It’s Worth Repeating & Remembering

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Yes, I saw it on a rerun of The Newsroom, but it’s worth repeating. When we knock someone else down—when we judge someone else—we don’t get any taller.

The 2016 campaign is heating up, and it also seems like people are getting more surly in general. I don’t know if that’s connected to what seems like a rise in people not being very nice.

But we all are imperfect. Let’s not forget that because it’s no excuse for saying things that aren’t very nice and then trying to justify the hurtful words. You can tell they are hurtful if the person you’re telling them to becomes sad. If you care, apologize.

If you don’t care, well, start buying shorter pants.

It’s a good line. Leave it to Aaron Sorkin. When we judge someone else, we don’t get any taller.

He Speaks for Himself

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His babble is adorable. His tears are heart-rending. One look and you go through every emotion in the most overwhelming way. Need I say more? Now this is how to start your week!

 

Patrick@9Mos.

Patrick Xavier Gattorna 9 whole months today!

p.s. it is also an excellent source for a writer with writer’s block. But now back to my homework.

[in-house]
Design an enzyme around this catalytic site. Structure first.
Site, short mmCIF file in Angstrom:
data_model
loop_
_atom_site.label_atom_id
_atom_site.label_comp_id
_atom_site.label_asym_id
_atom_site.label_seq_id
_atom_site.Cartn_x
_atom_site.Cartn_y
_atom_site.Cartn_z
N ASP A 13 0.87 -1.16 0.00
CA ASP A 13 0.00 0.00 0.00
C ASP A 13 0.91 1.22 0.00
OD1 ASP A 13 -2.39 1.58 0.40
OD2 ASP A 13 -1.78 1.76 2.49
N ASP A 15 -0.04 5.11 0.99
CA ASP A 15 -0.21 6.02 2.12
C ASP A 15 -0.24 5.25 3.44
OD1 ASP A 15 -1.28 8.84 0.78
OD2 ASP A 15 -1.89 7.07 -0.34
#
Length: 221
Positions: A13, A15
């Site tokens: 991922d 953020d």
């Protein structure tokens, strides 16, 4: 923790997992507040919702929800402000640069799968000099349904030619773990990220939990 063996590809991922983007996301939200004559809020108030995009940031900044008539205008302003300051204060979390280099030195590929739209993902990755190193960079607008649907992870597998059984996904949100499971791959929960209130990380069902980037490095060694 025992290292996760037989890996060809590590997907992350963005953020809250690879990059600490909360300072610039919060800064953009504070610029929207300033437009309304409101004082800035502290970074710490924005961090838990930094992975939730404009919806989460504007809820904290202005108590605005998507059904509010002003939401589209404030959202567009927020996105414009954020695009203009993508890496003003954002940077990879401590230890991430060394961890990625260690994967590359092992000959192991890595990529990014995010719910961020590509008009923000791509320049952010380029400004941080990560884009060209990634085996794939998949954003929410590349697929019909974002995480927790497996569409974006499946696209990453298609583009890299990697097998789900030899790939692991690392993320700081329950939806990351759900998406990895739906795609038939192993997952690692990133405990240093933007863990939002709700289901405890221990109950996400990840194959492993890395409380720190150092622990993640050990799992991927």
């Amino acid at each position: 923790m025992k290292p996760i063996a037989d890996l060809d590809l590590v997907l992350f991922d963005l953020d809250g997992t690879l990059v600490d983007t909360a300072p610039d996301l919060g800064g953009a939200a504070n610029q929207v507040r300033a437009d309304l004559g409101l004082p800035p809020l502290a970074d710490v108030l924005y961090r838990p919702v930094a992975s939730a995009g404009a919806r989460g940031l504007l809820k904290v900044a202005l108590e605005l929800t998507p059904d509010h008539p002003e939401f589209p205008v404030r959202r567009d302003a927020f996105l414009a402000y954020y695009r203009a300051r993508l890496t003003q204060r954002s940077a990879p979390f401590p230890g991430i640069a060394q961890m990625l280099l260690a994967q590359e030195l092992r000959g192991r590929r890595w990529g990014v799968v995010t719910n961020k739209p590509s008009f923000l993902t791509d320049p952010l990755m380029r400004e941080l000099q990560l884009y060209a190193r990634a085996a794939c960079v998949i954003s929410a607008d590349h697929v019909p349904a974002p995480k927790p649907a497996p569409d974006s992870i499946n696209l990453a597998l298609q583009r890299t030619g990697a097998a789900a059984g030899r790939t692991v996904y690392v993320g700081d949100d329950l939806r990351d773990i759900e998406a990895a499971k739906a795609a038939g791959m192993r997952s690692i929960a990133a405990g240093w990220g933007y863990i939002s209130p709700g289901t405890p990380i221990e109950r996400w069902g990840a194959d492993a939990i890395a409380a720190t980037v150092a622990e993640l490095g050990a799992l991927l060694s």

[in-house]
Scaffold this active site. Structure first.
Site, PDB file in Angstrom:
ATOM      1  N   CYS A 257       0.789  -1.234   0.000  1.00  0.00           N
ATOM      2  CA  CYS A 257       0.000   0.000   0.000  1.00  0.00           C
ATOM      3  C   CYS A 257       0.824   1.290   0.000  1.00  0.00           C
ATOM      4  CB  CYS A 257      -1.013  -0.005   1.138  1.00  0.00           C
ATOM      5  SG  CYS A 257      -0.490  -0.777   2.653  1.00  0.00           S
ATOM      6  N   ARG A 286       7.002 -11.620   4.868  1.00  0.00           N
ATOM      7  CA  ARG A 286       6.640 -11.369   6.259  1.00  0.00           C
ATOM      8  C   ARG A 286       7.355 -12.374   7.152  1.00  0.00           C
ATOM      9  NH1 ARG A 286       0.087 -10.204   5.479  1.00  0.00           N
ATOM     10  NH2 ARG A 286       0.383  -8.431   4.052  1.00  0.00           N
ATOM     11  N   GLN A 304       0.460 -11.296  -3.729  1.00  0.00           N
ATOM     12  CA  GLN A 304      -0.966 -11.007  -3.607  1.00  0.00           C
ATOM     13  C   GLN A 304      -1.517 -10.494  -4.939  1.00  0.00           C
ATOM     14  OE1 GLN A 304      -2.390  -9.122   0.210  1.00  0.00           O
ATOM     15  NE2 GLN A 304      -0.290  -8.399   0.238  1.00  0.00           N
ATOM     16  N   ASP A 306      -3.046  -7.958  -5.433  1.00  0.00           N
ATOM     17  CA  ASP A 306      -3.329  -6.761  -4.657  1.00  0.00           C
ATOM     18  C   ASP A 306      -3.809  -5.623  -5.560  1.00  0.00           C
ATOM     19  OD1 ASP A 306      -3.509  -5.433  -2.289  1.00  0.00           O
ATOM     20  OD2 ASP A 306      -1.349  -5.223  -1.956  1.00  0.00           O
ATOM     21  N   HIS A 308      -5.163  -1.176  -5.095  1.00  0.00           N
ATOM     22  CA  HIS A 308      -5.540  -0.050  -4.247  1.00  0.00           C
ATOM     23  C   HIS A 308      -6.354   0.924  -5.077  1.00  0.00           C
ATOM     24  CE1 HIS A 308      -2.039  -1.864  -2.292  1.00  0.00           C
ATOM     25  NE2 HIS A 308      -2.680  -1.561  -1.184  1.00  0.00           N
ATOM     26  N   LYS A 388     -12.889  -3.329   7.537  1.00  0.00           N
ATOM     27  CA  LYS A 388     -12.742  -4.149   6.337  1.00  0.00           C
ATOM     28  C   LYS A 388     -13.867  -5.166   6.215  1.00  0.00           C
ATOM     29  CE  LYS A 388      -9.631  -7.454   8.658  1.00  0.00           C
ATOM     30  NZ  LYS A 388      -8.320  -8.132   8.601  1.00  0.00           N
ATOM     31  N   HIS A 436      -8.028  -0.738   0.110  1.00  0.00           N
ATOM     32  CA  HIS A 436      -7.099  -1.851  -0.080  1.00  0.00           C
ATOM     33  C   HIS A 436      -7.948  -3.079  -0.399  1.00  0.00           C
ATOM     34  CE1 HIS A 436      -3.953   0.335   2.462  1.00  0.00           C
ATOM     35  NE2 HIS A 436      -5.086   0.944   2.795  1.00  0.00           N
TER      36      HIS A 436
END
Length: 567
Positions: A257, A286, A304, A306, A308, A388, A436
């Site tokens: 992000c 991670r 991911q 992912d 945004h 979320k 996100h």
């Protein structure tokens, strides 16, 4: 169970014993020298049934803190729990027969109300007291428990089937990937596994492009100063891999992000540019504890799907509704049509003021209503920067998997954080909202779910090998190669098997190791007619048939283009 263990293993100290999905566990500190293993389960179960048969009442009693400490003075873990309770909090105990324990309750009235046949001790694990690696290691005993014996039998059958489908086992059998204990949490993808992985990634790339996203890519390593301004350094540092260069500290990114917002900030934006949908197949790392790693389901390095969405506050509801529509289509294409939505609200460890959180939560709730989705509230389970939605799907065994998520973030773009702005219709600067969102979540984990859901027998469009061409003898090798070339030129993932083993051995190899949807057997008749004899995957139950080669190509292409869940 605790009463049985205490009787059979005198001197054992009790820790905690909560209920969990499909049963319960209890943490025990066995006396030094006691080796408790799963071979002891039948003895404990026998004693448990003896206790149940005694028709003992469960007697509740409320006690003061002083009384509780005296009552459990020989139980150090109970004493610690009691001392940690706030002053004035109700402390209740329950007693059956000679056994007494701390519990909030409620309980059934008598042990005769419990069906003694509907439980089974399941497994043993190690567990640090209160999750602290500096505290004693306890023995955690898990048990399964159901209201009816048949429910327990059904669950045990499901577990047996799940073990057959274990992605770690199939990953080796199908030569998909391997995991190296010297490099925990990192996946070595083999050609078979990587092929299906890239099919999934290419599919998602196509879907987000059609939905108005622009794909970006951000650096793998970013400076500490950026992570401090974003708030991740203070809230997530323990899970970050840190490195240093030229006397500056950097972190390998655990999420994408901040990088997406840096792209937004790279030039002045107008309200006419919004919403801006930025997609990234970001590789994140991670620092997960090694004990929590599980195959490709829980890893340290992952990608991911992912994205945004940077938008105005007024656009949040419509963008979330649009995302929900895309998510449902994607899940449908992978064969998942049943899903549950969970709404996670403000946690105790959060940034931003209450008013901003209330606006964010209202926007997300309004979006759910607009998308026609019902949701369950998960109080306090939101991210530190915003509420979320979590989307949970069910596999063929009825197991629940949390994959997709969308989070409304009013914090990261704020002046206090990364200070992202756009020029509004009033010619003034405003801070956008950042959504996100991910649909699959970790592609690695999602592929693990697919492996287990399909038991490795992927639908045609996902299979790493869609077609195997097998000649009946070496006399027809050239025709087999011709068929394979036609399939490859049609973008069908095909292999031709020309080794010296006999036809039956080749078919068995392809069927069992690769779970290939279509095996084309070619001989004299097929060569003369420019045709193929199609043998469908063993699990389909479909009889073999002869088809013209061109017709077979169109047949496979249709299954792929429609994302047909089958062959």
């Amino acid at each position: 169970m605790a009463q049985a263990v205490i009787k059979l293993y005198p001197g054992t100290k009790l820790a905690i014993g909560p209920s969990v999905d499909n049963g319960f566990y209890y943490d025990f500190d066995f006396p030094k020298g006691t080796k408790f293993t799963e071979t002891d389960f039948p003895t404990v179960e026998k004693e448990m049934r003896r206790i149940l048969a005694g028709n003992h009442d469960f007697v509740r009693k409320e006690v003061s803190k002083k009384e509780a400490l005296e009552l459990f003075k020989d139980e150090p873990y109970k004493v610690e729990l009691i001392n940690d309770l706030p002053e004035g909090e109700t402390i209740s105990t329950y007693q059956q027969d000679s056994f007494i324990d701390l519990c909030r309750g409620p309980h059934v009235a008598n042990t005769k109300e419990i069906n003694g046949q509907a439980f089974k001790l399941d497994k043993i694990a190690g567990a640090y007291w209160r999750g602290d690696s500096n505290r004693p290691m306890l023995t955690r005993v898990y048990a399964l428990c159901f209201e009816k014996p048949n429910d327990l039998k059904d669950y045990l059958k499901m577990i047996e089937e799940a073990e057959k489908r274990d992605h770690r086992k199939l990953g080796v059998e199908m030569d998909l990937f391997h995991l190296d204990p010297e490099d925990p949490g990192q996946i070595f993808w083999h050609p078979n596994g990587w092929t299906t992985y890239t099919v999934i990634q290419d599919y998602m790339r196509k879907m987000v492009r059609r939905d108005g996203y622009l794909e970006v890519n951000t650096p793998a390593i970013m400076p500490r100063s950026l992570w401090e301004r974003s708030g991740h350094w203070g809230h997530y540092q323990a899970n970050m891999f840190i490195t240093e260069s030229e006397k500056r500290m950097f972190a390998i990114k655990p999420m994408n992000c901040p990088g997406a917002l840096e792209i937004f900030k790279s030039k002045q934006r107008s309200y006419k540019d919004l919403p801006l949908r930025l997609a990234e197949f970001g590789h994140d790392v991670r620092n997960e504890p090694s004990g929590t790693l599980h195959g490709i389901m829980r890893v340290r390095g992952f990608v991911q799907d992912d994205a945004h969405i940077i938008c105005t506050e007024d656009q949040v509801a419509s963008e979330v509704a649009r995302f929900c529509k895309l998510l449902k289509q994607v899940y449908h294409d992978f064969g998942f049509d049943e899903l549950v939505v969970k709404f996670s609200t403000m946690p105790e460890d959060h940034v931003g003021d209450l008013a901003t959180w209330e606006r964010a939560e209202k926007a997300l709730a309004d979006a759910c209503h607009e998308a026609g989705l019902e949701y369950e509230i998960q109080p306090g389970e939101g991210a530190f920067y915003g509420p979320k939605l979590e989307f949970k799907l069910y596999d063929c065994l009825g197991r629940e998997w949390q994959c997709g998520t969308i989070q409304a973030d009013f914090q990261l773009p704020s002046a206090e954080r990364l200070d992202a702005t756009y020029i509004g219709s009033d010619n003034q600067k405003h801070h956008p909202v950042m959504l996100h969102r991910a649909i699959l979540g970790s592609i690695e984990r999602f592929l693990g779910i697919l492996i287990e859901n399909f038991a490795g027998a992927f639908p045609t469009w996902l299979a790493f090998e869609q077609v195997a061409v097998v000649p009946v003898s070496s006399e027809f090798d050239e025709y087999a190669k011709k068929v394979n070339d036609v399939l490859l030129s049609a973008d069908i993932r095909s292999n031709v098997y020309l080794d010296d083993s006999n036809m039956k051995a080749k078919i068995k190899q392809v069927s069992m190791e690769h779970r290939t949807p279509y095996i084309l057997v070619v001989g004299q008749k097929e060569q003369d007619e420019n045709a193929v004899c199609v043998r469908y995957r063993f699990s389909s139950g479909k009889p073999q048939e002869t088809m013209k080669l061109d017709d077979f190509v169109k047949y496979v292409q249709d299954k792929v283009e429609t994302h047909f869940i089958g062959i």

How do you manage your writing time?

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Outside of ensuring my family and friends are happy and healthy, I have only two big goals over the next two years. The first is to move, and that’s simply a matter of timing. The place is ready to be shown. We already did the “big” downsizing when our girls had the audacity to leave us so this next one is much easier.

My second goal is to finish the two-year Writing Certificate program at the University of Chicago. Tonight is class #2. I’ve done my homework, and I’m excited to get to know my colleagues and teacher better as well as learn to become a better writer.

Still there is also so much info on the web to read from credible sources like “What turns editors on?” “What gets you thrown off the slush pile?” “10 ways to impress an agent,” “How to manage your time!” Then there are the magazines—Poets & Writers, The Atlantic, The New Yorker, The Sun not to mention all the great literary publications from Glimmer Train, Ploughshares, Fifth Wednesday JournalAnd the on-line journals and blogs—way too many to list. But so many great ones to read.

I’ve worked hard to keep up a writing routine. In the morning I go to my desk. It’s somewhat away from the hub of the house so it’s relatively quiet. But people know how to find me! At least once a week I go to my girlfriend’s. She lives on top of offices. We work in the offices, and truly get very few distractions so we do get a lot of work done.

But we never end a long and intense day without feeling like there’s so much more we need to do, learn, research, double-check. Writing is hard, time-consuming, and we know it’s unlikely to make us wealthy. But writers have to write.

Any suggestions? I guarantee I’ll find time to read those.